Men who inherit mutations of the BRCA2 gene may have a higher risk of developing prostate cancer. This gene mutation also increases a woman’s risk of developing breast or ovarian cancer. Researchers are also studying other gene mutations that may affect the risk of developing prostate cancer.
Inflammation of the prostate is called prostatitis. Many studies show that long-term inflammation of the prostate increases the risk of developing prostate cancer. It also makes prostate cancer grow and spread more quickly.
Androgens are a type of male hormone. They are responsible for the growth, development and function of the male reproductive system, including the prostate. Testosterone is the main male hormone. When the body uses, or metabolizes, testosterone, it creates dihydrotestosterone (DHT).
Some evidence suggests that androgens are related to the growth and development of prostate cancer. Long-term exposure to higher levels of testosterone and DHT may increase the chance of developing prostate cancer. Hormonal therapy that blocks the body’s production of these hormones is one of the treatments for prostate cancer.
Studies show that developmental factors that influence growth in the womb, during childhood and in adolescence are linked to a higher risk of prostate cancer. The findings show the taller a man is, the greater his risk of prostate cancer.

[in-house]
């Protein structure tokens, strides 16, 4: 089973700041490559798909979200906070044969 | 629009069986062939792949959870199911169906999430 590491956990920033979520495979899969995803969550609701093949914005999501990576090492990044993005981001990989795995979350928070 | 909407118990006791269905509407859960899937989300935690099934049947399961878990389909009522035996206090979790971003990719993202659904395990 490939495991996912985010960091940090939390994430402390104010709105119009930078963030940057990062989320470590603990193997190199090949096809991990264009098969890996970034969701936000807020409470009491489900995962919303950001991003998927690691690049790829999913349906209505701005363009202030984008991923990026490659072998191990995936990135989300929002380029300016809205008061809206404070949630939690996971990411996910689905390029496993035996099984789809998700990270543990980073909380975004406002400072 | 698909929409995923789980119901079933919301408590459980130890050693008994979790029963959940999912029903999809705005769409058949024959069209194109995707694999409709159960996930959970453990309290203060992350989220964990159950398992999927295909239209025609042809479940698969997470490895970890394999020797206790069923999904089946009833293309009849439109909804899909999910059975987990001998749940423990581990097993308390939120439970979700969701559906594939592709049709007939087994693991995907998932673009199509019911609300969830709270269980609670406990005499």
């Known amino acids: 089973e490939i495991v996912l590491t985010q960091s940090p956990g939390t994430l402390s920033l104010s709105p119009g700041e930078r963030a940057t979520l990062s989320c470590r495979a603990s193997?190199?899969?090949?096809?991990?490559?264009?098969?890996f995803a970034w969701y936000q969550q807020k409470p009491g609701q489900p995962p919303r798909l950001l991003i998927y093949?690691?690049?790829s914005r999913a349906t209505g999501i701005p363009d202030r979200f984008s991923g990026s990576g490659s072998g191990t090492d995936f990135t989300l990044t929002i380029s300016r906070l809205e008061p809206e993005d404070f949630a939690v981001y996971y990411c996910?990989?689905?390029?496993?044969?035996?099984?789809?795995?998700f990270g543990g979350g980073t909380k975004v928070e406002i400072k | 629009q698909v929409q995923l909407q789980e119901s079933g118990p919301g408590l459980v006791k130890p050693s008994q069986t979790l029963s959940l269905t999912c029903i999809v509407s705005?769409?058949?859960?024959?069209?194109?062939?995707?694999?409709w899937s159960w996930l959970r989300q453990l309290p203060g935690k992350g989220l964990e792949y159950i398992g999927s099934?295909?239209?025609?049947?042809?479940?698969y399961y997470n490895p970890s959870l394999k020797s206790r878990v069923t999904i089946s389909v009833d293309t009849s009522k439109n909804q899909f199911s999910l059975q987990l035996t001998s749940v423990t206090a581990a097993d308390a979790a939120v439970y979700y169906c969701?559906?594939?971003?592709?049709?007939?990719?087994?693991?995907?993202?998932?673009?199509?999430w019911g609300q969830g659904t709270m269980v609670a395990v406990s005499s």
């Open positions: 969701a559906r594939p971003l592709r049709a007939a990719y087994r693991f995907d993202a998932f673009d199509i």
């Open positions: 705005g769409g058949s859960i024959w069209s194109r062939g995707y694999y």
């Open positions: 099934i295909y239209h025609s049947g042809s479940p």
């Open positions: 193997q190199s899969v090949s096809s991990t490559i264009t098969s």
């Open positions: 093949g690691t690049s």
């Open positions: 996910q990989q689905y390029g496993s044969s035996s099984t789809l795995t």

Studies suggest that farmers and workers who spray pesticides on crops have a slightly higher risk of developing prostate cancer. The risk may be even higher for men with a family history of prostate cancer.
Researchers don’t know which specific chemicals may be responsible for this increased risk. Pesticides have a large number of different chemicals, but only some of them may be related to prostate cancer.
Some evidence suggests that occupational exposure to the following chemicals may increase the risk for prostate cancer.
Cadmium is a metallic element known to cause cancer. Some studies show that men exposed to cadmium in smelting or battery manufacturing industries have a higher risk of developing prostate cancer. Further research is needed to determine how cadmium exposure affects prostate cancer risk.
Chemicals in rubber manufacturing may increase the risk for prostate cancer. There is some evidence that workers in the rubber manufacturing industry have a higher risk of developing the disease.
Unknown risk factors
It isn’t known whether or not the following factors are linked with prostate cancer. It may be that researchers can’t show a definite link or that studies have had different results. Further study is needed to see if the following are risk factors for prostate cancer:
- testosterone therapy
- sexually transmitted infections (STIs)
- lack of physical activity
- sedentary behaviour
- low levels of some dietary nutrients, including vitamin D, vitamin E and selenium
Questions to ask your healthcare team
To make the decisions that are right for you, ask your healthcare team questions about risks.
After seeing a Canadian Cancer Society call for volunteers in a newspaper, Rosemary knew that this was her opportunity to get started.
How can you stop cancer before it starts?
Discover how your lifestyle choices can affect cancer risk and how you can take action with our interactive tool – It’s My Life!